There are (very, very) few times in a lesbian’s life when you might think for a (very, very) brief moment, “this would be easier if one of us was a dude.” I am not talking about changing a tire or opening a jar and we’re definitely miles away from the boudoir.
I am of course referring to the moment one of you battles the butterflies, arranges the romantic gesture and utters the words that threaten to cripple even the butchiest of lesbians: will you marry me?
One moment you’ll both remember and retell for the rest of your lives.
So you better make it good. Or she better.
Historically, and this obviously completely disregards our forward thinking liberal straight friends and Canadians, it is the dude who asks the princess. Of course he will already have cleared it with the king who, if they’re anything like my dad, will have responded with “if you want her, please take her,” which was his exact answer to my now brother-in-law. And he will bend his knee and pop the question and she’ll cry and they’ll marry and they’ll be happy for a few months before she falls in love with her best friend, Cathy, and the girls will run off together to run a vegan bicycle store. It’s the oldest story in the book. It’s the one we’ve grown up with and for most of us, the only one we know.
It’s not as simple for us princess squared couples. Unless we talk about it and come to an agreement that we’re now engaged or we will be on this particular date, or one of us specifically says “hey princess, one day I’m going to ask you to marry me,” it’s really just a waiting game of will she or won’t she or will I?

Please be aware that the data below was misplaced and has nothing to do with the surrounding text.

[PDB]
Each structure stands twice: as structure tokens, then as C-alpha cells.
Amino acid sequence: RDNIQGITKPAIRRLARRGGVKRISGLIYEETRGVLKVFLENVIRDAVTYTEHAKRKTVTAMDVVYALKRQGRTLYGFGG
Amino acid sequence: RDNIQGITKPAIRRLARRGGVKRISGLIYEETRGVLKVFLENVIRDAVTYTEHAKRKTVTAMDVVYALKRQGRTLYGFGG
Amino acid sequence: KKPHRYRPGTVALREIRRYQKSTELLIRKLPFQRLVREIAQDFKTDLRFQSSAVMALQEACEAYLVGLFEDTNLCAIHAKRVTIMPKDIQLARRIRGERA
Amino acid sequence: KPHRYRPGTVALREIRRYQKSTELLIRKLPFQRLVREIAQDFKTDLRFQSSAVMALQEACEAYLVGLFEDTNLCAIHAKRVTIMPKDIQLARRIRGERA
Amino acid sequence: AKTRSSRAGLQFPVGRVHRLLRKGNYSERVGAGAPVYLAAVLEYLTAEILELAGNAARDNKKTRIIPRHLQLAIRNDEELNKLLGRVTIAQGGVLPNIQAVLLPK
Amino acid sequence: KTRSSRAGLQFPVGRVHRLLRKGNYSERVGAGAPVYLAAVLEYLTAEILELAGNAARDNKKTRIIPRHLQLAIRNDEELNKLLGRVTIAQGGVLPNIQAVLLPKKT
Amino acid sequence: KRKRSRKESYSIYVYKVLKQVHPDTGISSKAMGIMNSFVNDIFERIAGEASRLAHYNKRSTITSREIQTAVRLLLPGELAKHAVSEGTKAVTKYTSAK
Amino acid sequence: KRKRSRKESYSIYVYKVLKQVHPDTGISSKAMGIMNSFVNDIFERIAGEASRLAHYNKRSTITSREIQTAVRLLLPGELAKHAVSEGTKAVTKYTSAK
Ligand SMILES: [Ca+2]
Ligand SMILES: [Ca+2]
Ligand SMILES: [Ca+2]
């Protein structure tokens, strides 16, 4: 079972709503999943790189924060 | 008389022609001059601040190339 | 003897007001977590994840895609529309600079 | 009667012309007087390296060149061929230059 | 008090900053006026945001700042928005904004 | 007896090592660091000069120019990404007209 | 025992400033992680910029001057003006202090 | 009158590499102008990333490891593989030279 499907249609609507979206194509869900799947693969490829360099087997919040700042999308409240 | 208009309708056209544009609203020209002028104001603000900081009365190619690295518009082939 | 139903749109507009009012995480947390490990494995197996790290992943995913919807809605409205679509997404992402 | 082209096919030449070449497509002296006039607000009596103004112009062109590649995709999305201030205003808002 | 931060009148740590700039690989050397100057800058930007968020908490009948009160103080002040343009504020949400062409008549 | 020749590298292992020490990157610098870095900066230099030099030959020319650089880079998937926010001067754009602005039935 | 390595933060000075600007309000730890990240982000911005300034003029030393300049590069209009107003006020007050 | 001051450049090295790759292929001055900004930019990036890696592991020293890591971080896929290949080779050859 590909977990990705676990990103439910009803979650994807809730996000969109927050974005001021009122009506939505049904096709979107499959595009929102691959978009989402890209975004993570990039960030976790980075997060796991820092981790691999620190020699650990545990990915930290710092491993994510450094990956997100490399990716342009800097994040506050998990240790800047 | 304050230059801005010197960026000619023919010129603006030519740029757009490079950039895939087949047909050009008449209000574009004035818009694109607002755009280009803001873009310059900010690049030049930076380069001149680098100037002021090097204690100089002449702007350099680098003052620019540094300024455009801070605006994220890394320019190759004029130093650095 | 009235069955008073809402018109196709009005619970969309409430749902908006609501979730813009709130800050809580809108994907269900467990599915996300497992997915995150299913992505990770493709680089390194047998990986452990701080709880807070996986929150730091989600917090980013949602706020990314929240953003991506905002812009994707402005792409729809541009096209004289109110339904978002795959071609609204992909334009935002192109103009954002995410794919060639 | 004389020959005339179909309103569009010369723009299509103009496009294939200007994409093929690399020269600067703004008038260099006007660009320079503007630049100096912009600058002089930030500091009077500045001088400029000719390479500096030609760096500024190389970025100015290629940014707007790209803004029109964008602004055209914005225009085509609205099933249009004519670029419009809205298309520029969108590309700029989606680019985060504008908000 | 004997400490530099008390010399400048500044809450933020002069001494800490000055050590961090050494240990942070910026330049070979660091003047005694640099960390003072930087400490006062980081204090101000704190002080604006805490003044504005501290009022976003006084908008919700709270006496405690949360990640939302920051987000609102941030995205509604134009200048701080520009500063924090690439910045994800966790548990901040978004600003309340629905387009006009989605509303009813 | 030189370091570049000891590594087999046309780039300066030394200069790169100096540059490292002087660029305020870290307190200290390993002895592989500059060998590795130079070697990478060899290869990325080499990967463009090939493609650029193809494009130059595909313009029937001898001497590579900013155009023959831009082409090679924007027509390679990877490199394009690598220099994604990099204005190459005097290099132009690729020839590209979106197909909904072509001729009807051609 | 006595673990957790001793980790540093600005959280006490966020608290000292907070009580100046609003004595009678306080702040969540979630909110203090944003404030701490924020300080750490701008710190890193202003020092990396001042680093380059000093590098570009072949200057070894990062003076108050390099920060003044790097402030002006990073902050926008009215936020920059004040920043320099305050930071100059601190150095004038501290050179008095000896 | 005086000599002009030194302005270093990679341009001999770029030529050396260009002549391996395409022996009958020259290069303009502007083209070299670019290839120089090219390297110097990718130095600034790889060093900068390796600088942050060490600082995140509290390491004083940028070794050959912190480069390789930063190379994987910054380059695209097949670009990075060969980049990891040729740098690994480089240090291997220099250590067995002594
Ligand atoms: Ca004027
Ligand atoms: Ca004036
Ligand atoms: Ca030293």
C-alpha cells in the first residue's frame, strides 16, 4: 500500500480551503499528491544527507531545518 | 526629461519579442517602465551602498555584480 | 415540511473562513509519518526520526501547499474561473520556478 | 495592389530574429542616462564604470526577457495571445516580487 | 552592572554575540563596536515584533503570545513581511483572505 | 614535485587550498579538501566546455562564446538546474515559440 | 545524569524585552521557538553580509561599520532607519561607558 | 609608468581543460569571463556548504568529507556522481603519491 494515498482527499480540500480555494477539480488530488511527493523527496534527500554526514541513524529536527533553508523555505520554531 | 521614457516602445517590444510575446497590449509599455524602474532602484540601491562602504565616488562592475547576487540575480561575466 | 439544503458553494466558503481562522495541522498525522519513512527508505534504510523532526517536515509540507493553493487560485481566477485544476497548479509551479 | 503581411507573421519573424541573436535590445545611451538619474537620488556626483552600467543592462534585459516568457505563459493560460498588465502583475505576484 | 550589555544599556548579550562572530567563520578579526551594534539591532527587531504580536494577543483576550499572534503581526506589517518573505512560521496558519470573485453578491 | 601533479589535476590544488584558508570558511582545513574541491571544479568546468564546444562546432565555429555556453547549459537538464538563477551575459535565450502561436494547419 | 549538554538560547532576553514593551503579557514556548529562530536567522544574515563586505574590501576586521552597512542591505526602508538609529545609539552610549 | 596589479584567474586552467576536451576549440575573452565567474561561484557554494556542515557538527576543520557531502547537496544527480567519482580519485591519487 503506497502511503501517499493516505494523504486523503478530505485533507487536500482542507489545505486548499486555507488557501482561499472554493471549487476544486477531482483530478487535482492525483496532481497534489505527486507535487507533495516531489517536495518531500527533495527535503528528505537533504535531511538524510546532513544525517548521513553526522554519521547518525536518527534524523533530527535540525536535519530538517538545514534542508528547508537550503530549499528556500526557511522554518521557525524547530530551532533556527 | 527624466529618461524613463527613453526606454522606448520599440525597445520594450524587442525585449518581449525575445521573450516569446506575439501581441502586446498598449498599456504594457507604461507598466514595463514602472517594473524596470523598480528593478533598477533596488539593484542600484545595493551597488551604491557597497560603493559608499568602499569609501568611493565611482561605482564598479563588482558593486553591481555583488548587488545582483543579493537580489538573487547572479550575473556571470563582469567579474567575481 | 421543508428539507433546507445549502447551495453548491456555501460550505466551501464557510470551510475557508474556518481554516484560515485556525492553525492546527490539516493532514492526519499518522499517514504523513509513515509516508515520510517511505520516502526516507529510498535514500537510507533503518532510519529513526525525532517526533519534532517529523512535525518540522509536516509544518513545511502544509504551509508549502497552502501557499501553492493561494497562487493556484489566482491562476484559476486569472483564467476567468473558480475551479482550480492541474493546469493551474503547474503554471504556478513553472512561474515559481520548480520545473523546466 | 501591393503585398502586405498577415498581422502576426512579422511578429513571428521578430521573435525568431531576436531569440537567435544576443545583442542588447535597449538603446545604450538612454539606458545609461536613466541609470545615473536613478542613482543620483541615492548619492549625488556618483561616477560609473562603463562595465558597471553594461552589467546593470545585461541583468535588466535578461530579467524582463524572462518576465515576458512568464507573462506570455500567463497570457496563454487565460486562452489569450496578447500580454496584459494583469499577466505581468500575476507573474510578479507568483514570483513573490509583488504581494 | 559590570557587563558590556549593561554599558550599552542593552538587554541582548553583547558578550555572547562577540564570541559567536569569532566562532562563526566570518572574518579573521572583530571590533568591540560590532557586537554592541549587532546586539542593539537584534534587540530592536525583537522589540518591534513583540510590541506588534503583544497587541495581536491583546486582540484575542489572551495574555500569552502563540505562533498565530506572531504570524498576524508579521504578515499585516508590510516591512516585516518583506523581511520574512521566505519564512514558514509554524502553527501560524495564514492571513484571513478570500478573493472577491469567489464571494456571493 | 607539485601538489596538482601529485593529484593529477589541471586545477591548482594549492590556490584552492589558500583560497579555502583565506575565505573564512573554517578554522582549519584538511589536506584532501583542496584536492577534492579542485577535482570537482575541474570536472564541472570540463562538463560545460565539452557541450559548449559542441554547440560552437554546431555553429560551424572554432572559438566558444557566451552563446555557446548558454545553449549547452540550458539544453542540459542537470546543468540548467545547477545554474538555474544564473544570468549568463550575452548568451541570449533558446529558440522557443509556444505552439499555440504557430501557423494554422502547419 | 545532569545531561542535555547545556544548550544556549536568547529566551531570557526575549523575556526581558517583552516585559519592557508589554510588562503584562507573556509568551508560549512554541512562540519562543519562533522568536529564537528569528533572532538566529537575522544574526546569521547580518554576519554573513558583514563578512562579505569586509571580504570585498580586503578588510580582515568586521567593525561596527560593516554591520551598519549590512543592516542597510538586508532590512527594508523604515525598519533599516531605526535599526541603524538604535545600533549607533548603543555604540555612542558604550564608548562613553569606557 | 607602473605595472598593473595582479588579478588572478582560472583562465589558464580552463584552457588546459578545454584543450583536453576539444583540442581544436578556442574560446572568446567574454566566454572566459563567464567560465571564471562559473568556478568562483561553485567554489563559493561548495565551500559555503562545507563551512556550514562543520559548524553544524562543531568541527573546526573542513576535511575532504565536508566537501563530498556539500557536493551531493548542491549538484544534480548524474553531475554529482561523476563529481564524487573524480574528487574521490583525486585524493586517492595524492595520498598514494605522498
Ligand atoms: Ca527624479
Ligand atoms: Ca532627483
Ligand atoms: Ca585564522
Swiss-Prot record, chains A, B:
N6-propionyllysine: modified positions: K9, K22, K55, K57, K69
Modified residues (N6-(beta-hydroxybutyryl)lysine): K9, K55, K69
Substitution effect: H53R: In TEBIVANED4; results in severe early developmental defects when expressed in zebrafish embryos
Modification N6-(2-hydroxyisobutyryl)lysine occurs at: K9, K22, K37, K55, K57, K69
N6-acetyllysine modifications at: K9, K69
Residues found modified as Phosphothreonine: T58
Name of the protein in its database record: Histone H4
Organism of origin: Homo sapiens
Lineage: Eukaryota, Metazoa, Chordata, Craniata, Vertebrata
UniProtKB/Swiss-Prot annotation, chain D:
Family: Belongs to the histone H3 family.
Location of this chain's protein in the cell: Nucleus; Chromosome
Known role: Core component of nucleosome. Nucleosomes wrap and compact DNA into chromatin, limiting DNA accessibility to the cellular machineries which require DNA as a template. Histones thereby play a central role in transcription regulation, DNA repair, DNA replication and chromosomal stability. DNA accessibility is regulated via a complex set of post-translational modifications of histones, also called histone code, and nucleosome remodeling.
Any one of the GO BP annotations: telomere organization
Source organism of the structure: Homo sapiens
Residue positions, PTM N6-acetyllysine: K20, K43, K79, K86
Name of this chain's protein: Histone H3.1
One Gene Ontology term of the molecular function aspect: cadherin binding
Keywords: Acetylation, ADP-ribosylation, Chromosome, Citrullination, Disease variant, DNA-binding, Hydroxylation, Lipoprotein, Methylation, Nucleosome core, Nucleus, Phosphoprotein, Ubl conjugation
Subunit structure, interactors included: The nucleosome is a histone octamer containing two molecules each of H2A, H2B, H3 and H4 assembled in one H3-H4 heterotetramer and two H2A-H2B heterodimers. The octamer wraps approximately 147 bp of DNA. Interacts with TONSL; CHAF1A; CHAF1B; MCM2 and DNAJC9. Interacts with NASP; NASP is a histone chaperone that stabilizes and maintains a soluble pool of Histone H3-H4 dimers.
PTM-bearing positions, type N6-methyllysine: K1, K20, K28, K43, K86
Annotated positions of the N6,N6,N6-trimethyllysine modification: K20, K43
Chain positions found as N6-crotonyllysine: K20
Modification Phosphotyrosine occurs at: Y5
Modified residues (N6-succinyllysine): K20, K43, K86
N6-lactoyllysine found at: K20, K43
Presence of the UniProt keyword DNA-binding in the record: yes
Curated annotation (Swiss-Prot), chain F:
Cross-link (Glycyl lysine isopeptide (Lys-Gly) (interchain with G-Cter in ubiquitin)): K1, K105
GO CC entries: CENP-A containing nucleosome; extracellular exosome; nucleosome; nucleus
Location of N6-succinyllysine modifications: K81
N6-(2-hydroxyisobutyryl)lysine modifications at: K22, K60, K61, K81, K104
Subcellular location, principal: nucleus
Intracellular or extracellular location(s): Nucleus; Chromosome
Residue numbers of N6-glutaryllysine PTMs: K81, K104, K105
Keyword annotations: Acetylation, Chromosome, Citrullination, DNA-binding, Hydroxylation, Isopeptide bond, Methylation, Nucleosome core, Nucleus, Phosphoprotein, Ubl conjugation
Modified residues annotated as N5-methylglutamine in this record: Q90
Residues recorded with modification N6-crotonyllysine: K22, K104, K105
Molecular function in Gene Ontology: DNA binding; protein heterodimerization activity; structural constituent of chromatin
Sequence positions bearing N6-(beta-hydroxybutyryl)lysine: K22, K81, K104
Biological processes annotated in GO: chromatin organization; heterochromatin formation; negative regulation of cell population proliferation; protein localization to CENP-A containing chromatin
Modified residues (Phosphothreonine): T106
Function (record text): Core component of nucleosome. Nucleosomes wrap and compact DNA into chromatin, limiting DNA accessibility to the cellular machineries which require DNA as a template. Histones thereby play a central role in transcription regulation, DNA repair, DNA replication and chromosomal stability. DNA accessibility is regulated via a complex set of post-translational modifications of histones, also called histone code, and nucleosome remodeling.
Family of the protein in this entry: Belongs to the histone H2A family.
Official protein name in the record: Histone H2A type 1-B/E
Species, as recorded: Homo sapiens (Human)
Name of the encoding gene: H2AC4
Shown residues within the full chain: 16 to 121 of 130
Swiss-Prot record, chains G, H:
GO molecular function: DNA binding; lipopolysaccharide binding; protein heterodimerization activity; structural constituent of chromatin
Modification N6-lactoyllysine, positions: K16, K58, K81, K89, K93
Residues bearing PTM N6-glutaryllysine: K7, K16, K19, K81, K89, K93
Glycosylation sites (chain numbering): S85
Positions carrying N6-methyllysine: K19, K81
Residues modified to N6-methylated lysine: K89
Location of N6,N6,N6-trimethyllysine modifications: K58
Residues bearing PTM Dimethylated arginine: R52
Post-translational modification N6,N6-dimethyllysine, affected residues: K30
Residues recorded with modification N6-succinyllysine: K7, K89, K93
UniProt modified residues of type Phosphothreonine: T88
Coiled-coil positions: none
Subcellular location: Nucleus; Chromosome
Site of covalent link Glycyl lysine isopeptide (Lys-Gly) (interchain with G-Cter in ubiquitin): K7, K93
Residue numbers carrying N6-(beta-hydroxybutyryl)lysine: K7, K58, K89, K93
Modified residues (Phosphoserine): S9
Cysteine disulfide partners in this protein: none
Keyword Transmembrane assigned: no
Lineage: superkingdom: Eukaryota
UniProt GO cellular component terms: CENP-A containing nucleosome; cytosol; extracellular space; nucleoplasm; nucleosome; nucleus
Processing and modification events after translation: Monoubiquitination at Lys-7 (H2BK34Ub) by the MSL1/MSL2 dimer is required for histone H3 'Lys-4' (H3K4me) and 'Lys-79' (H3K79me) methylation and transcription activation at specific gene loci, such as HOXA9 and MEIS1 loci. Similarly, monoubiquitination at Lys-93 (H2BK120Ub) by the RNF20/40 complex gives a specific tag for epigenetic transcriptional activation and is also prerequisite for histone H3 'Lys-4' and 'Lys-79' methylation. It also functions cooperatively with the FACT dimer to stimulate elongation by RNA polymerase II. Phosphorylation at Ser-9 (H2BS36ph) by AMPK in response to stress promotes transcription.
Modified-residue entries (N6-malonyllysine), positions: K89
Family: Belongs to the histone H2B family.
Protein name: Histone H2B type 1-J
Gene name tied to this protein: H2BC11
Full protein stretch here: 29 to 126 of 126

My wife and I were saving to move to Canada and had briefly discussed getting married while we were there. It went something like this:
Me: Hey so Canada lets homos get married, right?
Me: We should probably do that while we’re there.
Shan: yeah, ok.
That was the extent of our marriage conversation. We both knew we’d say the words and exchange bands at some point in the future but we weren’t engaged. But for the first time in my life, I actually wanted to be engaged. She was hot and funny and she thought I was hot and funny too. And I wanted to put a ring on it.
I knew she wouldn’t want a big rock though, she’s not that kinda gal. She also wouldn’t want a grand gesture. So I popped the question on the morning of our first anniversary in a hotel room overlooking the ocean. I made a book about two characters bearing our names who fall in love. My character asked hers those four terrifying words and offered her a ring with a diamond etched into a small silver plate.
There are few times in our relationship I remember my wife being genuinely surprised. This was one of them. She said yes (phew!) and we basked in the glow of being newly engaged.
If you’re wondering if you should or she should, please, one of you grow some boobs and just do it. It doesn’t matter who. Just have that moment. Create that story.